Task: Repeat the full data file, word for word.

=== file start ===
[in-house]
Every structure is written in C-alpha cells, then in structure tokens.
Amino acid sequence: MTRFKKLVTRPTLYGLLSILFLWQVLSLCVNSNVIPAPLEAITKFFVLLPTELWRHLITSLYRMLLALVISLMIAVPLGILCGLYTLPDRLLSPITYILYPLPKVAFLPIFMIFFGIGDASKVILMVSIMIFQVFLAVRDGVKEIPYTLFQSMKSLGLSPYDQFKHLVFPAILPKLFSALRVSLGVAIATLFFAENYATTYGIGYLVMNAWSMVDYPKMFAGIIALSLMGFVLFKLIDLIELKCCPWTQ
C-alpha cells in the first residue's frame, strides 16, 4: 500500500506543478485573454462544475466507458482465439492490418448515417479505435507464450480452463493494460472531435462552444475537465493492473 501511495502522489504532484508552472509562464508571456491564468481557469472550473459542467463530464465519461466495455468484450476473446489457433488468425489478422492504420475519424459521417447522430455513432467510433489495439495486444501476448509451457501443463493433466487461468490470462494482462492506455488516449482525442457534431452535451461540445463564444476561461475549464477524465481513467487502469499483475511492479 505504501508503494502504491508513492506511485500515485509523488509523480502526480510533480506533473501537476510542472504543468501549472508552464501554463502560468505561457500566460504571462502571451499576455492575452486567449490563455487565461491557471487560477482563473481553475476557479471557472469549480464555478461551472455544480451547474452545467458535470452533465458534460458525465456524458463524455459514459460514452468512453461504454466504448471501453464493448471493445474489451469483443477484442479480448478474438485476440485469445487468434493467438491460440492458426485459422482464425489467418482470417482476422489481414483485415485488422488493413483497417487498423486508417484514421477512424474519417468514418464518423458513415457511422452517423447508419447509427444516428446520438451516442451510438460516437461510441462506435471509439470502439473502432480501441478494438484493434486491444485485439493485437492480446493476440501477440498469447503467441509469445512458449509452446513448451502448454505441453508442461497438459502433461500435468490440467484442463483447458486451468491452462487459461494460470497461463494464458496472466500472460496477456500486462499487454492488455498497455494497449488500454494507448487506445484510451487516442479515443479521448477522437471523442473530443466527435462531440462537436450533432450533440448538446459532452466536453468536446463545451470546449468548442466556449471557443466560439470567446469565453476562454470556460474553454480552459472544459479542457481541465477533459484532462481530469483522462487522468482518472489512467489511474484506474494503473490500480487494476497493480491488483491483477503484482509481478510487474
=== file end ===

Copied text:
[in-house]
Every structure is written in C-alpha cells, then in structure tokens.
Amino acid sequence: MTRFKKLVTRPTLYGLLSILFLWQVLSLCVNSNVIPAPLEAITKFFVLLPTELWRHLITSLYRMLLALVISLMIAVPLGILCGLYTLPDRLLSPITYILYPLPKVAFLPIFMIFFGIGDASKVILMVSIMIFQVFLAVRDGVKEIPYTLFQSMKSLGLSPYDQFKHLVFPAILPKLFSALRVSLGVAIATLFFAENYATTYGIGYLVMNAWSMVDYPKMFAGIIALSLMGFVLFKLIDLIELKCCPWTQ
C-alpha cells in the first residue's frame, strides 16, 4: 500500500506543478485573454462544475466507458482465439492490418448515417479505435507464450480452463493494460472531435462552444475537465493492473 501511495502522489504532484508552472509562464508571456491564468481557469472550473459542467463530464465519461466495455468484450476473446489457433488468425489478422492504420475519424459521417447522430455513432467510433489495439495486444501476448509451457501443463493433466487461468490470462494482462492506455488516449482525442457534431452535451461540445463564444476561461475549464477524465481513467487502469499483475511492479 505504501508503494502504491508513492506511485500515485509523488509523480502526480510533480506533473501537476510542472504543468501549472508552464501554463502560468505561457500566460504571462502571451499576455492575452486567449490563455487565461491557471487560477482563473481553475476557479471557472469549480464555478461551472455544480451547474452545467458535470452533465458534460458525465456524458463524455459514459460514452468512453461504454466504448471501453464493448471493445474489451469483443477484442479480448478474438485476440485469445487468434493467438491460440492458426485459422482464425489467418482470417482476422489481414483485415485488422488493413483497417487498423486508417484514421477512424474519417468514418464518423458513415457511422452517423447508419447509427444516428446520438451516442451510438460516437461510441462506435471509439470502439473502432480501441478494438484493434486491444485485439493485437492480446493476440501477440498469447503467441509469445512458449509452446513448451502448454505441453508442461497438459502433461500435468490440467484442463483447458486451468491452462487459461494460470497461463494464458496472466500472460496477456500486462499487454492488455498497455494497449488500454494507448487506445484510451487516442479515443479521448477522437471523442473530443466527435462531440462537436450533432450533440448538446459532452466536453468536446463545451470546449468548442466556449471557443466560439470567446469565453476562454470556460474553454480552459472544459479542457481541465477533459484532462481530469483522462487522468482518472489512467489511474484506474494503473490500480487494476497493480491488483491483477503484482509481478510487474